New board to control Cook health system by May
Tuesday, March 04, 2008
Crain's Chicago Business
by Mike Colias
(Crain’s) — Control of Cook County’s health system will be in the hands of an independent board by mid-May, a county commissioner said Tuesday.
The nine-member board’s first priority should be to appoint an interim health chief to replace interim chief Robert Simon, said Larry Suffredin, D-Evanston.
Mr. Suffredin engineered a deal with County Board President Todd Stroger last week that led the county board to shift control of the health system to an independent body for a three-year period. During 11th-hour budget negotiations early Saturday, Mr. Suffredin agreed to give Mr. Stroger the ninth vote he needed for an increase in the county’s share of the sales tax increase, from 0.75% to 1.75%.
“We’re taking the largest part of county government and shifting it away from the president’s office and into the hands of professionals,” Mr. Suffredin said at a news conference Tuesday.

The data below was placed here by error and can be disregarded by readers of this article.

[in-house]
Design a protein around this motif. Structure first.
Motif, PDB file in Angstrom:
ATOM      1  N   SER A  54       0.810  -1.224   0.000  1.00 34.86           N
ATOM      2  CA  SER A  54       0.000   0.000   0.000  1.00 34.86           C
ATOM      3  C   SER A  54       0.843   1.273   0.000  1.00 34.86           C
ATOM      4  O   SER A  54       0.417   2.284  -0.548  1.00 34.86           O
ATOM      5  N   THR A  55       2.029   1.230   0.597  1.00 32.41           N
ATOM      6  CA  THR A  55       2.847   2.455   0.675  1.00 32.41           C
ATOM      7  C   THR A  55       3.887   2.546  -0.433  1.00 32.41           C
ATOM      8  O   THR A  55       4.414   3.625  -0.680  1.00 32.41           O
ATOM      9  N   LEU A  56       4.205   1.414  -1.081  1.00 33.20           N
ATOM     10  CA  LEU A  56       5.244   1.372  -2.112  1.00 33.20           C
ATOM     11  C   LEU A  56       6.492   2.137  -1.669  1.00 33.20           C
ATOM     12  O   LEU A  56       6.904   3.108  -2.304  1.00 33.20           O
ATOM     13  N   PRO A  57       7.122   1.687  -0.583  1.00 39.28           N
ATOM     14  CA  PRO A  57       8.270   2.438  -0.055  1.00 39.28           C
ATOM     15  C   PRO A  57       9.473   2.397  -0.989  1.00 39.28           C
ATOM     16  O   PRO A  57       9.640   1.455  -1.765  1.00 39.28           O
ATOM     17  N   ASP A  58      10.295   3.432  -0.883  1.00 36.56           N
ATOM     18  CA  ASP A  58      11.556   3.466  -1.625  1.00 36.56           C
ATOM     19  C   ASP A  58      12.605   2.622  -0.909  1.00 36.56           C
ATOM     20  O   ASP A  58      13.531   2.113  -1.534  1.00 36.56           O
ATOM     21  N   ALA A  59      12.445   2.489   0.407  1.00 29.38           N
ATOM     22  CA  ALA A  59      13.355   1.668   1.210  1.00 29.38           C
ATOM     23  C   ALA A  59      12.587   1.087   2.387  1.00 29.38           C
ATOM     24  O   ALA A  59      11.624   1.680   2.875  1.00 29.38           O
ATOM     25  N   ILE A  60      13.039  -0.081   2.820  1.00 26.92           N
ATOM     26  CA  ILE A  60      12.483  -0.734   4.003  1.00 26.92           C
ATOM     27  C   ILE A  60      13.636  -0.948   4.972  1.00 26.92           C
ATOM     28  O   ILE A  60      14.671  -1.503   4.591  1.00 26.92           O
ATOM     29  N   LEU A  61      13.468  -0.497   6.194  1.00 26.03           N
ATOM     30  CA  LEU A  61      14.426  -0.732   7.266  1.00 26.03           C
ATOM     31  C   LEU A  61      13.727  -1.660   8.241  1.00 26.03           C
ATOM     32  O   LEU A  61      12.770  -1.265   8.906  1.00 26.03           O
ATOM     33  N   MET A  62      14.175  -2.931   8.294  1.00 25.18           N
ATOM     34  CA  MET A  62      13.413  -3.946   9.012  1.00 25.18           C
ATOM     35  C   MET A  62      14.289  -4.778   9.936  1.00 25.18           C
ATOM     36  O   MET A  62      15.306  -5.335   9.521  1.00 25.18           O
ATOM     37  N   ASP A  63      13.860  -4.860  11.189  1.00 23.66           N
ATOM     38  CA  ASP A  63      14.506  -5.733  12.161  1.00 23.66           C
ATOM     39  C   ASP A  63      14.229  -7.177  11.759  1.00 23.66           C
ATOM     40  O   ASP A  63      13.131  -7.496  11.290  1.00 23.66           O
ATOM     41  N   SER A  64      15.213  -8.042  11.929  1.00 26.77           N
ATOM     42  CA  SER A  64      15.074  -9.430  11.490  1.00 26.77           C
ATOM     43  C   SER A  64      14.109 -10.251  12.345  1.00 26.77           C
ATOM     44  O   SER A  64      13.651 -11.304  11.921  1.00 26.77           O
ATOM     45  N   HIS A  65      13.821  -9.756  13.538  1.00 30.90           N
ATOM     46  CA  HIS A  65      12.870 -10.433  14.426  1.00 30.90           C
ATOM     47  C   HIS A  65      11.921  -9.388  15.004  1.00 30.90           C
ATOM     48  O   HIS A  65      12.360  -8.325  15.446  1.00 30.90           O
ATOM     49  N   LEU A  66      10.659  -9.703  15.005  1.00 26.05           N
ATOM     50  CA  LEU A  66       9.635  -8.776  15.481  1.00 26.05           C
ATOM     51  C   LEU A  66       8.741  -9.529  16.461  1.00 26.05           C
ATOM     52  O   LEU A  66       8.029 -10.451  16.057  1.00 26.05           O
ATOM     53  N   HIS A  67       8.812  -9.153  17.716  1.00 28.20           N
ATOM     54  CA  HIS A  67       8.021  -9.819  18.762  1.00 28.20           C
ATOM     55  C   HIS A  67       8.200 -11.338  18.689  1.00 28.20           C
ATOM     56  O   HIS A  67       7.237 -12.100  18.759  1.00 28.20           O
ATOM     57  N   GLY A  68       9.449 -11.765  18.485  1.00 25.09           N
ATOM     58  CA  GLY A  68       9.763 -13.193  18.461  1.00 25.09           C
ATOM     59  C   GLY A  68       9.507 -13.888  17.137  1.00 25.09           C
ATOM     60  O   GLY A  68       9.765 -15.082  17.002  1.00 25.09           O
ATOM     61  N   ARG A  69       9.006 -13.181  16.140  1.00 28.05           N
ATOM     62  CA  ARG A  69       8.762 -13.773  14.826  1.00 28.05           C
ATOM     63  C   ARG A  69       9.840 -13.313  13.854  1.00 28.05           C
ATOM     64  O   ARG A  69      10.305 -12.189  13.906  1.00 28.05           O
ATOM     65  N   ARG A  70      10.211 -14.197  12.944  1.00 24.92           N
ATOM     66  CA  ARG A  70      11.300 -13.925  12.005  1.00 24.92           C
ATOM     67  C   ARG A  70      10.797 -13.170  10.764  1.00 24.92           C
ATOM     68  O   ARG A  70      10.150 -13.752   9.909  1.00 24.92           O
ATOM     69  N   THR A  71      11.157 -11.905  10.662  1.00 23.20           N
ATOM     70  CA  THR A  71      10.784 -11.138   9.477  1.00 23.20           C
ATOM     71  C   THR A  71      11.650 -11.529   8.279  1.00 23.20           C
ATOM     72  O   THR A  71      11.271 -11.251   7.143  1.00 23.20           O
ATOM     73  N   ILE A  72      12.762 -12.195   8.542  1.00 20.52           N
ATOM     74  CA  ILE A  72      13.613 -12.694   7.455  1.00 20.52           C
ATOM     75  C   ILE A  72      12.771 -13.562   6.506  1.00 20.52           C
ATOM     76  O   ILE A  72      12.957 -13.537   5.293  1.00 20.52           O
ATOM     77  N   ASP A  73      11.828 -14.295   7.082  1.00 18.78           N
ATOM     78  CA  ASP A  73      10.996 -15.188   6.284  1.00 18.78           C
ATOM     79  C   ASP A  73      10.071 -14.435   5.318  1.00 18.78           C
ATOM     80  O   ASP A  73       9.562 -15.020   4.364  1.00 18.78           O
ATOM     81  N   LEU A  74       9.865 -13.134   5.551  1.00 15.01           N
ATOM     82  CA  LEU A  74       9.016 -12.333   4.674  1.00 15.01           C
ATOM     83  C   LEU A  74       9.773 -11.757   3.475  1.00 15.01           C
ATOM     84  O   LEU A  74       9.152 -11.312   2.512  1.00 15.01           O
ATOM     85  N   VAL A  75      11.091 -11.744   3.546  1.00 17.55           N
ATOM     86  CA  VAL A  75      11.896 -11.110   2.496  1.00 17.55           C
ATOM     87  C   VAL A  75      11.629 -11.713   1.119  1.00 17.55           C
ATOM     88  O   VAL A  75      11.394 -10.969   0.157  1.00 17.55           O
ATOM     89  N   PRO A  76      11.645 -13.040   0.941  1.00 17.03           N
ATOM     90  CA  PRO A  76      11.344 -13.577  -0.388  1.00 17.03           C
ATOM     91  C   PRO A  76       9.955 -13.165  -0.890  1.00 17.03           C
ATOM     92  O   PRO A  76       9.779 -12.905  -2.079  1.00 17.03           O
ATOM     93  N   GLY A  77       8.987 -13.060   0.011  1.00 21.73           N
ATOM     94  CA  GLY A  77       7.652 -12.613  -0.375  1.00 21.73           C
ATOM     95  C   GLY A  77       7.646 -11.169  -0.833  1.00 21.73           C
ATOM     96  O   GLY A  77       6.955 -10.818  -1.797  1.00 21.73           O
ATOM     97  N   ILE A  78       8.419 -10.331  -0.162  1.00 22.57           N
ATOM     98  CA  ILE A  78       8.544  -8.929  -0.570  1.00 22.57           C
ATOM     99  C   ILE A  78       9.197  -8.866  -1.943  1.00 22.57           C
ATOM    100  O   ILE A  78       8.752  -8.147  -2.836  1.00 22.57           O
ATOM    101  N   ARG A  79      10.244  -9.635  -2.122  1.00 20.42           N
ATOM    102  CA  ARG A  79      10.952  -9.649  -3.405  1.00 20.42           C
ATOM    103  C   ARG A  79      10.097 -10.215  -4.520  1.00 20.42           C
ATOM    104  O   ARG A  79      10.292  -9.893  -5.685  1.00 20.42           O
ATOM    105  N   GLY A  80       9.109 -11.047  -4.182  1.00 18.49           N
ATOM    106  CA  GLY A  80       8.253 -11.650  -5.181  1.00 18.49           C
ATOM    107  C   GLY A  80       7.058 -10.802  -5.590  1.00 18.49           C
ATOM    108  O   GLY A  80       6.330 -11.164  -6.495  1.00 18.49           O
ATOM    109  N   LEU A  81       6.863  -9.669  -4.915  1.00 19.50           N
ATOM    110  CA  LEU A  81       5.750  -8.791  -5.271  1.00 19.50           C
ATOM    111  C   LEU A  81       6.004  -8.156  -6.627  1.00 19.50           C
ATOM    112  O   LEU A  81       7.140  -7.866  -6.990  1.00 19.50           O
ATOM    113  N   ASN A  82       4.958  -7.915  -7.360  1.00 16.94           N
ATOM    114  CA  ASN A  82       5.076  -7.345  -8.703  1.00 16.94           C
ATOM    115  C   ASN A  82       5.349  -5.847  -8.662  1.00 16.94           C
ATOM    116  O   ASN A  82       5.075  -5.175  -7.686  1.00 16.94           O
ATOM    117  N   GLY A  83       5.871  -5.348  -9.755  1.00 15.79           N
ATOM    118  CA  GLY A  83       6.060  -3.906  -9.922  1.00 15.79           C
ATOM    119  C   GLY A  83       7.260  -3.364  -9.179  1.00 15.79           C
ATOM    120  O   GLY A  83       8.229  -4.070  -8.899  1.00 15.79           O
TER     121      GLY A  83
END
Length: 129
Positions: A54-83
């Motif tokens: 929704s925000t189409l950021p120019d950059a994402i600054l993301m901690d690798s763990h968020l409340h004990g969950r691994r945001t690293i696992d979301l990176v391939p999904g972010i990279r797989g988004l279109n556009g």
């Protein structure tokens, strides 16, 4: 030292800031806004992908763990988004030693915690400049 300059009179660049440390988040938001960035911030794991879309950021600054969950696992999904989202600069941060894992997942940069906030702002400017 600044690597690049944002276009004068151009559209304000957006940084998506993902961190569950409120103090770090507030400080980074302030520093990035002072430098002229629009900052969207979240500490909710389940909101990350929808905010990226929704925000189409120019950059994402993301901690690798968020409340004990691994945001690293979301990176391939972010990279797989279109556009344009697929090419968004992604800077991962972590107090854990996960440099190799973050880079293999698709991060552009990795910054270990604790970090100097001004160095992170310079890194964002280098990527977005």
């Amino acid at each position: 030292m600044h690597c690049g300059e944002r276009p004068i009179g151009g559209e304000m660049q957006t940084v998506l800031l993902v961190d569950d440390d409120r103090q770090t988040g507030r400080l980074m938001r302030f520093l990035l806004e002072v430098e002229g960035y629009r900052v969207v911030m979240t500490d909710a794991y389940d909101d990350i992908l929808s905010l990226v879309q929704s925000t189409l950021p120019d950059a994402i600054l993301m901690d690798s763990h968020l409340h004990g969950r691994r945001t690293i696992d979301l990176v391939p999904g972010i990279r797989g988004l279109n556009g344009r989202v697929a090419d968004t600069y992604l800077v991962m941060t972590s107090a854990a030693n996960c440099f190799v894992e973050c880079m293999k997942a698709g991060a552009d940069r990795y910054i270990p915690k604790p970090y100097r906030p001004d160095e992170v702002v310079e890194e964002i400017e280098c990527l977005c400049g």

Mr. Suffredin said outside oversight will end the patronage and mismanagement that has plagued the health system, which treats 1 million mostly indigent patients a year. He’s hopeful the governance change will give Illinois’ congressional delegation greater incentive to fight for more federal funding for the county health system.
Mr. Stroger appointed Dr. Simon in December 2006 to oversee a restructuring of the Bureau of Health Services, which led to roughly $100 million in cuts last year. A spokesman for Dr. Simon didn’t immediately return a call for comment.
A slate of 20 candidates for the new board will be selected by a nominating committee of civic and health groups, including the Civic Federation of Chicago, the Chicago Department of Public Health and the Chicago Medical Society. The county board president will select nine of those candidates to make up the new board, subject to approval from the board of commissioners.
A coalition of 70 community groups and unions that campaigned for the governance shift hailed the reform.
“We can move forward to make the Bureau of Health Services one of the finest health care systems in America,” Rev. Al Sharp, executive director of the Protestants for Common Good and a member of the coalition, said in a statement.